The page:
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Nebrasketball Player Profile: Kevin Cross

Hoiberg pulls a gem out of Arkansas

Okay, here’s something that will throw you all for a loop. Nebraska recruited another player that is 6’8”. Only this time, he’s positioned as a forward, not a guard. I am sure the 240 pounds he is packing on has something to do with that.

With that intro I give you 2019 recruit Kevin Cross. The young freshman comes to Nebraska from Little Rock, Arkansas where he played for Wilber D. Mills High School. There he averaged 18 points, 10 rebounds, and 2 assists per game. In his senior year he took Mills to the state title game but lost to Magnolia High school. Kevin did have a whopping 24 points in the defeat.

He was picked first team all state in Arkansas Class 4A division by the coaches and second team by the Arkansas Democrat -Gazette. Kevin was the final piece in Hoibergs first recruiting class for the Big Red.

Kevin chose the Huskers over TCU and basketball semi-blueblood Oklahoma State. I agree that OSU has not fielded a top basketball team in some time but they do have somewhat of a history. Especially compared to Nebraska. Thus, I throw them in the “semi-blueblood” category.

I’ll let you aficionados argue the above statement for your own entertainment. Well, my entertainment but i digress.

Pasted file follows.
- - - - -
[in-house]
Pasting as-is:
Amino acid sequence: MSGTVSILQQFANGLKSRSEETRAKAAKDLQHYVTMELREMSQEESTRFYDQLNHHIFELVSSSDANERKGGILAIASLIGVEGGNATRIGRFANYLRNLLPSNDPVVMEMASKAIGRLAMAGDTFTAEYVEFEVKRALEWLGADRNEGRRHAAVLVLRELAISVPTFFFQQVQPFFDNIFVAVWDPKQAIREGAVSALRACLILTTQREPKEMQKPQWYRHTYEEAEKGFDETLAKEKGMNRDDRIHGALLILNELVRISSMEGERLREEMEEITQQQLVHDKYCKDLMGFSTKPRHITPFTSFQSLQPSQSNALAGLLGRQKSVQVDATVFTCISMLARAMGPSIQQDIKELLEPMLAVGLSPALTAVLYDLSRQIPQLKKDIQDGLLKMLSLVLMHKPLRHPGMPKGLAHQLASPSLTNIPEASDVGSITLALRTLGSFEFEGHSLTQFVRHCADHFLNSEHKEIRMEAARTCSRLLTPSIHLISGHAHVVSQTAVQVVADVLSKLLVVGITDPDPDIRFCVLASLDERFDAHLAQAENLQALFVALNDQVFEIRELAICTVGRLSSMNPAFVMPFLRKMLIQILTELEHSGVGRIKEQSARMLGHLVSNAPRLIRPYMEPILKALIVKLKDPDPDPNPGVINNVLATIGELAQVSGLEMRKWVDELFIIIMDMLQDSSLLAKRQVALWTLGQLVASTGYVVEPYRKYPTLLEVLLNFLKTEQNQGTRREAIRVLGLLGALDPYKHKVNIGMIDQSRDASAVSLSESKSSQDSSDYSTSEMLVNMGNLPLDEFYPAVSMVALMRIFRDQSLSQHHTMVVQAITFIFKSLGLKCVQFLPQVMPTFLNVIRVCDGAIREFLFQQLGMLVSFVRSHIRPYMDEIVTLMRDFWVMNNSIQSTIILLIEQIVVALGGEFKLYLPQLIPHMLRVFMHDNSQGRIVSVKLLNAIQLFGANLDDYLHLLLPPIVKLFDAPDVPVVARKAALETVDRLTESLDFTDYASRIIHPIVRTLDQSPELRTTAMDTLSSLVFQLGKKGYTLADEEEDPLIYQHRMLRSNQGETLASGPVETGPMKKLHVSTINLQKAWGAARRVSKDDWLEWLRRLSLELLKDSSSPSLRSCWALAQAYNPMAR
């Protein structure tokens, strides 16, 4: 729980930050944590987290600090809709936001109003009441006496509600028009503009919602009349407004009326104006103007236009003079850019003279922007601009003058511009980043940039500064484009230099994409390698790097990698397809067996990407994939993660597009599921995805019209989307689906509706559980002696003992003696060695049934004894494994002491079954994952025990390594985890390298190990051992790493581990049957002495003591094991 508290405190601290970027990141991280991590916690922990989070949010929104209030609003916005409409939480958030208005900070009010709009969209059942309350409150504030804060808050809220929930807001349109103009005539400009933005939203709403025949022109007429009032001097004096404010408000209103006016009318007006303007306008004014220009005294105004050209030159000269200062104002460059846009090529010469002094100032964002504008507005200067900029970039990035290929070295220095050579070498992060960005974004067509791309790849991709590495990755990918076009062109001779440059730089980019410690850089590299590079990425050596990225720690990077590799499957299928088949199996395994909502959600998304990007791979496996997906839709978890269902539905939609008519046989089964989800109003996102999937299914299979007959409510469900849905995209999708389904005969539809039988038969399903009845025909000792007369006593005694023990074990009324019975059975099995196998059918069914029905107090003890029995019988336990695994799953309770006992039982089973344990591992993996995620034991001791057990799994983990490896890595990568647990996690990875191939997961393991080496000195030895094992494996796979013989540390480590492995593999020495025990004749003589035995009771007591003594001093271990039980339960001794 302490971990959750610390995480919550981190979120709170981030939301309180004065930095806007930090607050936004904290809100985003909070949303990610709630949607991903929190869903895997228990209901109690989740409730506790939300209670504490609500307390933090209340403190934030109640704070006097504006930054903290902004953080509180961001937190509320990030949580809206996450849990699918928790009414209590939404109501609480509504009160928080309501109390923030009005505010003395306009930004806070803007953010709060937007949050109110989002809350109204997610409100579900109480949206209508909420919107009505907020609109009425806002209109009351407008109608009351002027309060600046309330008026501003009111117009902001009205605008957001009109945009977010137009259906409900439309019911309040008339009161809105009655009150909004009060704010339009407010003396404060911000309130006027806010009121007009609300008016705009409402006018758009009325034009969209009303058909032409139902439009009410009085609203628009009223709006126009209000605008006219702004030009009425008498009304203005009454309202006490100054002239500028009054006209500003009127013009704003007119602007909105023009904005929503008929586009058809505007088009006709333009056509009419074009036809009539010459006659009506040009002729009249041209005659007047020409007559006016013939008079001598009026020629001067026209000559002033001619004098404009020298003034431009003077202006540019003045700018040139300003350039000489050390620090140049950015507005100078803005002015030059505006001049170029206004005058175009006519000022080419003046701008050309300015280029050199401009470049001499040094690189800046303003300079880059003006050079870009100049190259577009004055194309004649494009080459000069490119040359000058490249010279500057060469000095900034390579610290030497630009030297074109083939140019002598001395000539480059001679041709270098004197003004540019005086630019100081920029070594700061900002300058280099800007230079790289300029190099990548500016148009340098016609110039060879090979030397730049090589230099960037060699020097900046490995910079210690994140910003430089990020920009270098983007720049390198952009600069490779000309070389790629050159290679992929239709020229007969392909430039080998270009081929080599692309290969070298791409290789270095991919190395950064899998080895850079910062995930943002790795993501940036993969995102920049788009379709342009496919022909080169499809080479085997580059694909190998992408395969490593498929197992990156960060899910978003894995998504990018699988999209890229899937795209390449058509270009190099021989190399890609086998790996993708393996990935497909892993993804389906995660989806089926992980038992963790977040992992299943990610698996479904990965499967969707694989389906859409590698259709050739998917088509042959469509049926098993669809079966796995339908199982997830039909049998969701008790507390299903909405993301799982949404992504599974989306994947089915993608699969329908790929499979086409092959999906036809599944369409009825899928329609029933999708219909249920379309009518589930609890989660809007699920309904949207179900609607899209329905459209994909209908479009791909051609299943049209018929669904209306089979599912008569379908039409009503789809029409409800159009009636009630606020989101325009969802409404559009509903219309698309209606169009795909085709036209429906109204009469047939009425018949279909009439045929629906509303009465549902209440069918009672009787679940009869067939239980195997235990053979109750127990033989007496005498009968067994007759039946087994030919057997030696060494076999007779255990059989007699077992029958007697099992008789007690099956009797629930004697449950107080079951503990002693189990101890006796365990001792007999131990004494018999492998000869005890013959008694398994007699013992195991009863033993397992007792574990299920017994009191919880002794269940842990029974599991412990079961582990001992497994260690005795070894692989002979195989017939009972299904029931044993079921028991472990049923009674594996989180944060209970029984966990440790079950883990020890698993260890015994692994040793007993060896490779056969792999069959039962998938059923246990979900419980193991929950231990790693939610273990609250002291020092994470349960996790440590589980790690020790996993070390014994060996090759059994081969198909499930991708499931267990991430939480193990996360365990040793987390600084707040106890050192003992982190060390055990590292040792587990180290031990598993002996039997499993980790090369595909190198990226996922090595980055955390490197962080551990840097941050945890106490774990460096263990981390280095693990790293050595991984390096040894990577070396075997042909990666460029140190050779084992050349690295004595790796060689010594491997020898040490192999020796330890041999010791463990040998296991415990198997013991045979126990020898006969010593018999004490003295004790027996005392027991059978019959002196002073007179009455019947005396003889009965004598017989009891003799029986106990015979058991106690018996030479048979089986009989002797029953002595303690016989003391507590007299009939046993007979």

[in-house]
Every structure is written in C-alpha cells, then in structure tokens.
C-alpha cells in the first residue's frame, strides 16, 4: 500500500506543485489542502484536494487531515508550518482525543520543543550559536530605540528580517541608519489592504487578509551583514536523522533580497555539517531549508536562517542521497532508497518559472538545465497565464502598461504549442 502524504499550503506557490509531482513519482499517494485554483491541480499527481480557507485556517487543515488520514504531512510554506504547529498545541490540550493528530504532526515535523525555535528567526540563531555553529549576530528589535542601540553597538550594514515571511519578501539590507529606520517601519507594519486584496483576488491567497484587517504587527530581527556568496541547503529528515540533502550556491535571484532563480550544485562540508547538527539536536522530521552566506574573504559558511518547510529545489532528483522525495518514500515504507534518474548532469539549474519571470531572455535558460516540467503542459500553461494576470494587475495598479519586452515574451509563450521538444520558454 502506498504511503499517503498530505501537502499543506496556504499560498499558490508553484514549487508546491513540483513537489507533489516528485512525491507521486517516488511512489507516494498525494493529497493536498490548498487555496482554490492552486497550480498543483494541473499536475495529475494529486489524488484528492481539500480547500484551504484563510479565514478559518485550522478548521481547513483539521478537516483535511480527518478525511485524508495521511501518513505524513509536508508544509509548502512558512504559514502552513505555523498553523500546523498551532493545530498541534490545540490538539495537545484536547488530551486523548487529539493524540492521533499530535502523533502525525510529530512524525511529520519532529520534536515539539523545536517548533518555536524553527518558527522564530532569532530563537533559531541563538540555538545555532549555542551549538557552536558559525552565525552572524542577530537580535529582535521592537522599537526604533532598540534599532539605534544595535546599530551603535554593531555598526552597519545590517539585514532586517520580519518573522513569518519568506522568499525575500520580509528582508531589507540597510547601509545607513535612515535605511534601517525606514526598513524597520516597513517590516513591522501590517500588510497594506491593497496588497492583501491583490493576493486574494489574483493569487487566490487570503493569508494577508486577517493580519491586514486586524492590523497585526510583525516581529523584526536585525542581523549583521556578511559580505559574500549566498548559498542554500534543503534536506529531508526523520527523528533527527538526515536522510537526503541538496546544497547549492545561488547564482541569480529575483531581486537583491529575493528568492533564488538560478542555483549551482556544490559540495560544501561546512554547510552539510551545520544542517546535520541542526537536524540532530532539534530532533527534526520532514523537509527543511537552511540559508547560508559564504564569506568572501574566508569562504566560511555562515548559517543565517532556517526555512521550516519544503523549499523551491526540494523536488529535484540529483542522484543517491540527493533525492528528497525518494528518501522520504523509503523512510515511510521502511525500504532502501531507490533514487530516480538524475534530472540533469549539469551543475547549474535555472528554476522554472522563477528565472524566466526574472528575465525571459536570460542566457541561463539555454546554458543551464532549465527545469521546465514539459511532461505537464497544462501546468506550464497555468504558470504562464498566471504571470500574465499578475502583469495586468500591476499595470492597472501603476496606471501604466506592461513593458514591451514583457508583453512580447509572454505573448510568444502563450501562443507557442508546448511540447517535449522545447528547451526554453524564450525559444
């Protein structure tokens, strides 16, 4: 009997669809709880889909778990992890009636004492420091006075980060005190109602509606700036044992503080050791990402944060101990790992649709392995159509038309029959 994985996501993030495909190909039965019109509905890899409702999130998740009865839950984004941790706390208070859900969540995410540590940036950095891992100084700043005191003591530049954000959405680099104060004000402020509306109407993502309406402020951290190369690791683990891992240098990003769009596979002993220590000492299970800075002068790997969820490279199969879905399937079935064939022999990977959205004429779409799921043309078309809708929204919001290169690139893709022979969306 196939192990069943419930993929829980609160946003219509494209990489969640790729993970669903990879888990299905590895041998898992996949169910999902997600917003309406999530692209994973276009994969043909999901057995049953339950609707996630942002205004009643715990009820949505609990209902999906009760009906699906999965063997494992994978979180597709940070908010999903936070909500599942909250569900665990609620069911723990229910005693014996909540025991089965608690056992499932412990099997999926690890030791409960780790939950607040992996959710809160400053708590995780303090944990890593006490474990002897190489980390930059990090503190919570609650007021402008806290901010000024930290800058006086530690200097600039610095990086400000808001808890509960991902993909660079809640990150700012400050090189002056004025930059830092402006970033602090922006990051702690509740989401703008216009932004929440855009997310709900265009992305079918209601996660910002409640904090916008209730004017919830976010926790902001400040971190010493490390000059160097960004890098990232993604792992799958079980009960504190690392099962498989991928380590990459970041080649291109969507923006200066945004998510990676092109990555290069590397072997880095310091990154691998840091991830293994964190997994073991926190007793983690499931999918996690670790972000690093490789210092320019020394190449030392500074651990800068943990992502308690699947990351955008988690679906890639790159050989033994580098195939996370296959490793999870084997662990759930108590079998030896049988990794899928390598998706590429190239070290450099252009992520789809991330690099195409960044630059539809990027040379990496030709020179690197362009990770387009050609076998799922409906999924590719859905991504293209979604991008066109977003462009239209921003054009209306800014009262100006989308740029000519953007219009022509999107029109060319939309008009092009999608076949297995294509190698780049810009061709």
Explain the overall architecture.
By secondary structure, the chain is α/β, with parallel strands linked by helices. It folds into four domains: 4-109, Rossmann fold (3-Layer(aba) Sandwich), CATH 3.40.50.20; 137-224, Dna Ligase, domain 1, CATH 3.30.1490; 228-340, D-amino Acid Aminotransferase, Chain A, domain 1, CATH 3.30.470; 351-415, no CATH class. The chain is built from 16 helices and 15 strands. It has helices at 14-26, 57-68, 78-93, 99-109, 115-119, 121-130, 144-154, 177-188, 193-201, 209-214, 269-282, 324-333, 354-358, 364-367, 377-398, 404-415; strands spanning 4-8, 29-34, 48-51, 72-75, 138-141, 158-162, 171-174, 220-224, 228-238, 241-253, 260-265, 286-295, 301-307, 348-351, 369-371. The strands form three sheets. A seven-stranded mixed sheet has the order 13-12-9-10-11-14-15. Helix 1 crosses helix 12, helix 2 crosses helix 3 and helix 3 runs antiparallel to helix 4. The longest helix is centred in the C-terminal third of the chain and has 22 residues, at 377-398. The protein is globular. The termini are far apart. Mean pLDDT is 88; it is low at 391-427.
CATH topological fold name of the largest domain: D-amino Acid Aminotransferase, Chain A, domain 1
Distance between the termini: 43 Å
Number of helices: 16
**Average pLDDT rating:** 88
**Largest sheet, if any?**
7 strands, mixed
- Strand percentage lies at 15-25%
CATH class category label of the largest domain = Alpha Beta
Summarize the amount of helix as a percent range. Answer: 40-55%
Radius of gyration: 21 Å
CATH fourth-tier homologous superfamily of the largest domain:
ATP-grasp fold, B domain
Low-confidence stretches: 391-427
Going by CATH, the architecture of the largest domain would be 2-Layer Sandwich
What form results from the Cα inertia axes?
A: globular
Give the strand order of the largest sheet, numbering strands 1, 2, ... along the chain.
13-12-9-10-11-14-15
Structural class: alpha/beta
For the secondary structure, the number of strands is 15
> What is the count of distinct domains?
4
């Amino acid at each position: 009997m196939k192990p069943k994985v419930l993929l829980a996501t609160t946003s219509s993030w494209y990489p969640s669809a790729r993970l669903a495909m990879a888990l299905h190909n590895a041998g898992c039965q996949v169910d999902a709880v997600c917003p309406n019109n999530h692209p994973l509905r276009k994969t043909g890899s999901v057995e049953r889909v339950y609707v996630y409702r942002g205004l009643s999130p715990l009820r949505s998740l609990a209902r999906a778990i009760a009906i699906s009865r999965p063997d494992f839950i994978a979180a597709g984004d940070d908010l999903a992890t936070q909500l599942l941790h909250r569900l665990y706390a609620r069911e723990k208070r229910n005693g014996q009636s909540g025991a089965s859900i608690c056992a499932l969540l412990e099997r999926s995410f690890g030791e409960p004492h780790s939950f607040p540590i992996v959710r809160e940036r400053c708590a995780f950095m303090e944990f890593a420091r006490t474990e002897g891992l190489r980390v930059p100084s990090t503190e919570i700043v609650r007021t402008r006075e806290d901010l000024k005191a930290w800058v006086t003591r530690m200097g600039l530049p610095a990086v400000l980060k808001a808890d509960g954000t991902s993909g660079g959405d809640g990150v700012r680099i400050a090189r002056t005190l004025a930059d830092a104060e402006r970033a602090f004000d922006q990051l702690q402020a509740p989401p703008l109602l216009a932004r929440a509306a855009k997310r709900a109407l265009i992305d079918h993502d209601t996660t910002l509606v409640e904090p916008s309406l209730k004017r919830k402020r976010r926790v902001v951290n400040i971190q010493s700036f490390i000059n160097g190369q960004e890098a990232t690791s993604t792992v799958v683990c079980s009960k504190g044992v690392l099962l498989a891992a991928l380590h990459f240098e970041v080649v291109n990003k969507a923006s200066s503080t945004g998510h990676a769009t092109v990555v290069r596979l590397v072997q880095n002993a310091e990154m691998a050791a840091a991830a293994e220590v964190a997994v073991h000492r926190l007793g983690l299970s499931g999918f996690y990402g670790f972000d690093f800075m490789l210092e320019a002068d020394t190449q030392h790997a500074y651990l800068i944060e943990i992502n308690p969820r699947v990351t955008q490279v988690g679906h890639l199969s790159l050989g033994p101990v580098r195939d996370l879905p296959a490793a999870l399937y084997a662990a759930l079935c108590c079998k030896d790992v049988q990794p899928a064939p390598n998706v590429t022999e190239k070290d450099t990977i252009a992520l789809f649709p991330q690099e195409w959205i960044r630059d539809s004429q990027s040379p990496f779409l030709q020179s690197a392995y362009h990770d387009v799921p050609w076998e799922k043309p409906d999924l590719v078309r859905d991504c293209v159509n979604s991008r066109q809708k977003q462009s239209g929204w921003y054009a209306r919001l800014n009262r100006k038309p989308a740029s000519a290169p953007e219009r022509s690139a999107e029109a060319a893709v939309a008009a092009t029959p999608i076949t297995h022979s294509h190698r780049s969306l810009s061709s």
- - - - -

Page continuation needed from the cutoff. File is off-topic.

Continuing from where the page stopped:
Kross was a late bloomer in the high school basketball world so the offers really did not come in until his senior year of high school. He is a talented shooter that should do well in Hoibergs offense. Kevin played well during the Huskers trip to Italy coming on strong with a 13 point game to start the trip off. After that his scoring trailed down to just two points in each of the next two games. However, he did bounce back with 10 points in the final win.

Italy was a trip that had the Huskers face off against what was deemed by the media as lesser talent on a few scales. This makes those number hard to put into place when you get into the regular season.

I would expect Fred trying to develop Kevin early in the games. If not, he could see the bench this year to develop himself better into the system. However, Big Ten pay means bigger players and circumstance might lead to him filling the paint.